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08 Mar 2019 00:00
Empty stands: Bloemfontein Celtic fans, once fiercely loyal to their side, a big factor in their team’s success, are starting to lose hope and drift away. (Lefty Shivambu/Gallo Images)
The ongoing administrative woes at Bloemfontein Celtic now threaten the team’s biggest strength — its loyal supporters. With poor play on the pitch and little noise from the stands, the team is struggling to earn points.
In one of the poorest turnouts to date, Celtic played the much-loved Free State derby against Free State Stars in front of just 2 500 fans.
Celtic usually have the upper hand in the derby, thanks in no small part to the chanting of their fans.
The Free State contest is the second-biggest in the country after the Soweto derby and, when played at the Dr Petrus Molemela stadium, which is Celtic’s home base, it usually attracts a crowd of at least 17 000 — the full capacity of the stadium.
But the attendance at the February 24 game was a shadow of its former self.
“We decided to abandon that game. We were invited to a meeting a month ago and it never happened, and we are now hoping to meet the potential buyer sometime,” said Celtic Supporters Club chairman Mabena Pule.
The supporters’ mission to desert the team began on January 13, when the team played in front of just 500 fans during their 1-1 draw against Golden Arrows at the same venue.
The team arguably had the most loyal supporters in the league, and their fans were known to stick with the team even in the stickiest of situations.
When Celtic was relegated to the National First Division back in 2003, the supporters continued to cram the stadiums at both home and away matches.
This lifted the team’s spirit all the way back into the big leagues and, in their first season back in the PSL, they won the SAA Supa8 trophy under coach Paul Dolezar.
The PSL discontinued the Best Supporters award years ago, after it became apparent that no other club’s supporters were willing to contest it — Celtic fans had won it for three consecutive years.
The ongoing poor turnouts by the club’s award-winning “12th player” are due to the uncertainty over the sale of the cash-strapped club.
The pending sale has resulted in administrative challenges, such as players’ salaries being paid late. In December they also lost the services of coach Steve Komphela.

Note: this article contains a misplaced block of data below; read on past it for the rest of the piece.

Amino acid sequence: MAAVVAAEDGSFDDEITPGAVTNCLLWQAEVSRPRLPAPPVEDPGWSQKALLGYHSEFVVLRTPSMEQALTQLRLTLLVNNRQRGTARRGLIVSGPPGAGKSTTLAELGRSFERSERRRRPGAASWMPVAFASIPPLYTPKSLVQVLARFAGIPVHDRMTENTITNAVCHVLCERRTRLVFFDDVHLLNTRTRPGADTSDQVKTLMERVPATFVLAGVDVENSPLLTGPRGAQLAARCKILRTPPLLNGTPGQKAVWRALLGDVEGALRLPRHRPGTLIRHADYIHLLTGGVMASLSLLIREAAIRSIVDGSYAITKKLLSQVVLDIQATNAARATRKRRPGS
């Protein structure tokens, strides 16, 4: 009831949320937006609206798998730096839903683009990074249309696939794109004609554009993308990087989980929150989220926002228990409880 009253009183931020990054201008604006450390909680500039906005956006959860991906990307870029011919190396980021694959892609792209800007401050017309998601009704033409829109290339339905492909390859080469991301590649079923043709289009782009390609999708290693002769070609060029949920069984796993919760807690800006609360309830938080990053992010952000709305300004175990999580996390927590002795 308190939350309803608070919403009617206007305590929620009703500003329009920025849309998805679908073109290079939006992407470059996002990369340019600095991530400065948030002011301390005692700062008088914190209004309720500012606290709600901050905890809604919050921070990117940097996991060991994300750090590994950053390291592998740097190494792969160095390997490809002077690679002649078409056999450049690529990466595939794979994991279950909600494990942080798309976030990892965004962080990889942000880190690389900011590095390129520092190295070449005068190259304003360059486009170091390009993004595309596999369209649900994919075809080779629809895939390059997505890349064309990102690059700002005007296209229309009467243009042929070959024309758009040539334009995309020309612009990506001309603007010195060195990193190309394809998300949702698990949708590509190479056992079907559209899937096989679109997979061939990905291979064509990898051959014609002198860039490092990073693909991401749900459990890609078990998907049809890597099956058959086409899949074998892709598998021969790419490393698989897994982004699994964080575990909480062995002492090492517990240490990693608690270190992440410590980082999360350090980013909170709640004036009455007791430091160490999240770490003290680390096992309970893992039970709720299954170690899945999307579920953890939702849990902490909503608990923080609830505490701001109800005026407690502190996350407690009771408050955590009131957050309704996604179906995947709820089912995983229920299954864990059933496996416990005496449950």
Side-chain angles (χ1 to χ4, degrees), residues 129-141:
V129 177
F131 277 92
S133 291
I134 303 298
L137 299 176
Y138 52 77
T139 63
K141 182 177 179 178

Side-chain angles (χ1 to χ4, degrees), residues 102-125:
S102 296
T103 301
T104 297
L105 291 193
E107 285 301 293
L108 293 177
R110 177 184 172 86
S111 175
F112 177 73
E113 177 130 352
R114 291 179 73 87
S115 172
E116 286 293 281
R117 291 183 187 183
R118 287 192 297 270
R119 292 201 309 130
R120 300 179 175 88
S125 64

In his scathing resignation letter, Komphela cited, among other things, what he termed the “terrible preseason training” for which they had no training kit. He also hinted that the club was being run unprofessionally.
“Our training grounds are in the worst condition ever for a professional club. They are untidy and need maintenance (fields, toilets, offices, walls cracking, floors untidy, the yard, parking areas and premises extremely untidy),” reads the letter.
He also mentioned the dilemma of having to convince the players to refrain from boycotting certain games in protest over monies due to them.
In August, Celtic players waited until the last minute before deciding to play a home fixture against Maritzburg United, which they eventually lost 1-0.
The current abandoning of games by fans has also begun to affect the team’s performance.
They may have put up a gutsy display in the away game against Pirates at the Orlando Stadium on Tuesday, but the result sunk them lower on the table, with just 31 points.
At some point in the current season, Celtic occupied the impressive third spot on the table, but they are languishing in eighth spot following the derby loss and back-to-back draws against Mamelodi Sundowns (0-0) and Orlando Pirates (1-1).
Celtic chief executive Khumbulani Konco refused to comment when quizzed about the supporters’ decision to abandon the team and how far advanced the club’s pending sale is.
If things continue this way, there might be little of value left in the sale.
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